Red Hat Portal Server 1.0 Release Notes

Table of Contents
1. Release Notes

1. Release Notes

These are the release notes for Red Hat Portal Server 1.0. They contain an overview of Red Hat Portal Server 1.0, an installation reference, a list of known issues, and an enumeration of significant changes since Red Hat Portal Server beta.


1.1. Overview

The Red Hat Portal Server 1.0 is a full-featured portal server. Powered by Red Hat Web Application Framework technology, the Red Hat Portal Server aggregates both local and remote content within a configurable framework that supports multiple languages in its user interface and pervasive devices such as WAP, XHTML, and VoiceXML in its rendering pipeline. Portals can be built and targeted for the individual, for work groups or teams, for people with a common set of interests, and for large corporations and organizations.

For more information about Red Hat Portal Server, visit

1.2. What's New

Features introduced in Portal Server 1.0 include:

Look and feel

The Portal Server user interface has a new look and feel designed for ease of use and clarity. Various user interface metaphors have been standardized and made consistent throughout the UI.

Portal Management

Portal Server includes complete user interfaces for managing user and group portals.


Portal Server includes the ability to choose different themes to customize the look-and-feel of a specific portal.


Portals can be archived once they are no longer active. This removes the portal from general use, but the information within the portal can still be accessed by administrators and unarchived if necessary.


Portal Server supports displaying content that is syndicated using the RSS standard.


The Portal Server permissions management UI has been modified to allow the creator of a new child portal the option of choosing whether the new child portal inherits the permissions of the parent portal. When the inherit permissions option is chosen, the privileges members of the parent portal enjoy will be available to them in the new child portal. The members group of the child portal is also added to the members group of the parent portal, forming a two-way relationship between members of each portal.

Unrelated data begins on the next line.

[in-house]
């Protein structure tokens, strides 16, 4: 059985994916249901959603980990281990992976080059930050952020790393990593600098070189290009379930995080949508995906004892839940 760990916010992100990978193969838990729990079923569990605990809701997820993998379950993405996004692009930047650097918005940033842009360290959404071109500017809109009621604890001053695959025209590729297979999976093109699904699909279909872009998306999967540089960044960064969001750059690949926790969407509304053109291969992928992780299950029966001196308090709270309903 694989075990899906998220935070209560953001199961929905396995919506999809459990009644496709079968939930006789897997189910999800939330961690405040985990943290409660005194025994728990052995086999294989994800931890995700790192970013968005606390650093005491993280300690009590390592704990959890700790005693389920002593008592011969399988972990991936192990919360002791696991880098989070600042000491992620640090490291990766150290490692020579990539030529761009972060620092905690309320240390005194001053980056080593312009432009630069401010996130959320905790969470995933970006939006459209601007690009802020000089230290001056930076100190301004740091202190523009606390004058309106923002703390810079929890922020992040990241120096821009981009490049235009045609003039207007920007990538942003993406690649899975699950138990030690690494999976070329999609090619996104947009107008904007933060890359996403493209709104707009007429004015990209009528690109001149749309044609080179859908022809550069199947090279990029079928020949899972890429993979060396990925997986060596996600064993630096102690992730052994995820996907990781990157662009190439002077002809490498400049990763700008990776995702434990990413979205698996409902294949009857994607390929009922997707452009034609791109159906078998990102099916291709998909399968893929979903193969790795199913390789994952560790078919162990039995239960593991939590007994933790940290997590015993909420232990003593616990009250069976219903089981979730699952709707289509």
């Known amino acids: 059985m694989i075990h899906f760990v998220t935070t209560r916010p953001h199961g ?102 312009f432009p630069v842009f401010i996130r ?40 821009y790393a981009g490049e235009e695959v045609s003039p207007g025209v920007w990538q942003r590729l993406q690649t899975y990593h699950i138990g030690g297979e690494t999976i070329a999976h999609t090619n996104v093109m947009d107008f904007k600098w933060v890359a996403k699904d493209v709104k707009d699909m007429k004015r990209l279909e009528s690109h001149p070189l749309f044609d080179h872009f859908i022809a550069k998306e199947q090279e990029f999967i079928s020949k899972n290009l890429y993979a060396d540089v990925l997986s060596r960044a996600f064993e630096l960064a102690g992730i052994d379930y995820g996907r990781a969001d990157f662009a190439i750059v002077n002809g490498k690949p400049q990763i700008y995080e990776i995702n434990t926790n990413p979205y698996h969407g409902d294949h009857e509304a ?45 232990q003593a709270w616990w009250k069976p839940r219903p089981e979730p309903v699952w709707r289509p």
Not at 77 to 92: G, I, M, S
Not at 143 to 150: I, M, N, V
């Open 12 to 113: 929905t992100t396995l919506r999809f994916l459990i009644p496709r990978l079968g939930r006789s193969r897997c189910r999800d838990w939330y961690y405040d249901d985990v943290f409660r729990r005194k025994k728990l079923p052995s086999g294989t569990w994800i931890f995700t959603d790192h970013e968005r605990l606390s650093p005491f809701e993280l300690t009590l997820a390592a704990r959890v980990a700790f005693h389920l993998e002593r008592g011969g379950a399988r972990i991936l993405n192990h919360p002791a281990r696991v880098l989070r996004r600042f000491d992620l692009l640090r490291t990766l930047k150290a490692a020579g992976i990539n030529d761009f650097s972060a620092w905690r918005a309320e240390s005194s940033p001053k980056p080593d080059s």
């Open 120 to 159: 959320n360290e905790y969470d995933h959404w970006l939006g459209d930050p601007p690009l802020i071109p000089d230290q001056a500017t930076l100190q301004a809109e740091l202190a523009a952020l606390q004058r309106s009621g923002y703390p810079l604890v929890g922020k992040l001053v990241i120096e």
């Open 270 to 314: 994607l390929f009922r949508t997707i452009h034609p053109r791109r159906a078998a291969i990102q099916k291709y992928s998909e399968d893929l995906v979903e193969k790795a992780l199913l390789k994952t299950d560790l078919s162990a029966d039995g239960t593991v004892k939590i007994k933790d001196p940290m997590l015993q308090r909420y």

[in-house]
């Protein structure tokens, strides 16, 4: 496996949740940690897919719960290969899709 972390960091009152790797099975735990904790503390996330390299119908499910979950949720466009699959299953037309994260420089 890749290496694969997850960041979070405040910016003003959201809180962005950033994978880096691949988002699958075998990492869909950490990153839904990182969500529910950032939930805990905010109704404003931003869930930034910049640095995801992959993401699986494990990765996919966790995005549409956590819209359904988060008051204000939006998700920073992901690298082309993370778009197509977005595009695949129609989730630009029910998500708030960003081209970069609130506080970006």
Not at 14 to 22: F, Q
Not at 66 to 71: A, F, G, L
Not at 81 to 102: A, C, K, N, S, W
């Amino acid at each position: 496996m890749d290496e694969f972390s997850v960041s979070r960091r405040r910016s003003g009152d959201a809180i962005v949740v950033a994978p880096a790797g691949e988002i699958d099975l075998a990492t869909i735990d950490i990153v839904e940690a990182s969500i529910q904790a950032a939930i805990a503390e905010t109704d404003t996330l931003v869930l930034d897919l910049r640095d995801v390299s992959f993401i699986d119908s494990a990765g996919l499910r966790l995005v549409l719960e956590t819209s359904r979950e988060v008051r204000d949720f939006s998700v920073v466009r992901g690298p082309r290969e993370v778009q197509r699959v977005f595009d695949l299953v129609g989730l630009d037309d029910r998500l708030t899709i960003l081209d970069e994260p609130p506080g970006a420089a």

When a creator of a child portal chooses not to inherit permissions from the parent portal, then members of the parent portal will enjoy no privileges in the child. Only the parent portal member who is creating the child portal will be added to the new child portal's member group. Individual members of the parent portal can be explicitly added to the child portal as participants or members through the 'People' tab in the admin UI for the child portal.


When choosing not to inherit permissions during the creation of a child portal, the inheritance association between the two portals is only removed one way: from parent to child. The members group of the child portal is still added to the parent portal's member group. If desired, the child portal's member group can be explicitly removed from a parent portal's member group, effectively severing the permissions association between the two groups completely.

Not understanding this policy could inadvertently lead to a security vulnerability. For example, portal A's admin creates a new child portal B with the 'No Inheritance' option selected. Then an admin for portal B adds a registered user C to the members group of portal B. Now C has membership in portal A. This policy can be extremely useful, and in practice, it is expected that this policy will be desired for most child portal's. It is imperative, however, that Portal Server administrators understand this policy. The policy can also be overridden easily when desired.


The permissioning policy described above is in effect only when the permissionsDMLChecking flag in the Kernel Initializer section of the Portal Server enterprise.init file is set to true (which it should be). For a complete description of this configuration flag as well as the Portal Server permissioning policies, please see the Portal Server section of the Red Hat Web Application Framework Installation Guide.

1.3. License

Red Hat Portal Server 1.0 is copyrighted 1999-2003 by Red Hat Inc. It is released under the CCMPL 1.0. The text of the CCMPL 1.0 can be found at

The CCMPL is based on the OSI-approved IBM Public License Version 1.0 The IBM Public License is a true open-source license that requires open-sourcing of any modifications or other "derivative works."

1.4. Installation

The most recent installation documentation is available at

Portal Server 1.0 requires a complete and working installation of WAF 6.0.

1.5. Documentation

Documentation for Red Hat Portal Server, including Javadoc and a developer guide can be found at

1.6. Upgrading

This is the first complete release of Portal Server, so no upgrade from previous versions is available.

1.7. Known Issues

Deletion of system objects such as portlets is restricted to site wide administrators in this release of Portal Server for security reasons. Support for delegating deletion privileges will be available in an upcoming release of Portal Server.

1.8. Bug Reporting

Please file bug reports in the Red Hat Portal Server section of

Last modified: $DateTime: 2003/08/21 11:30:59 $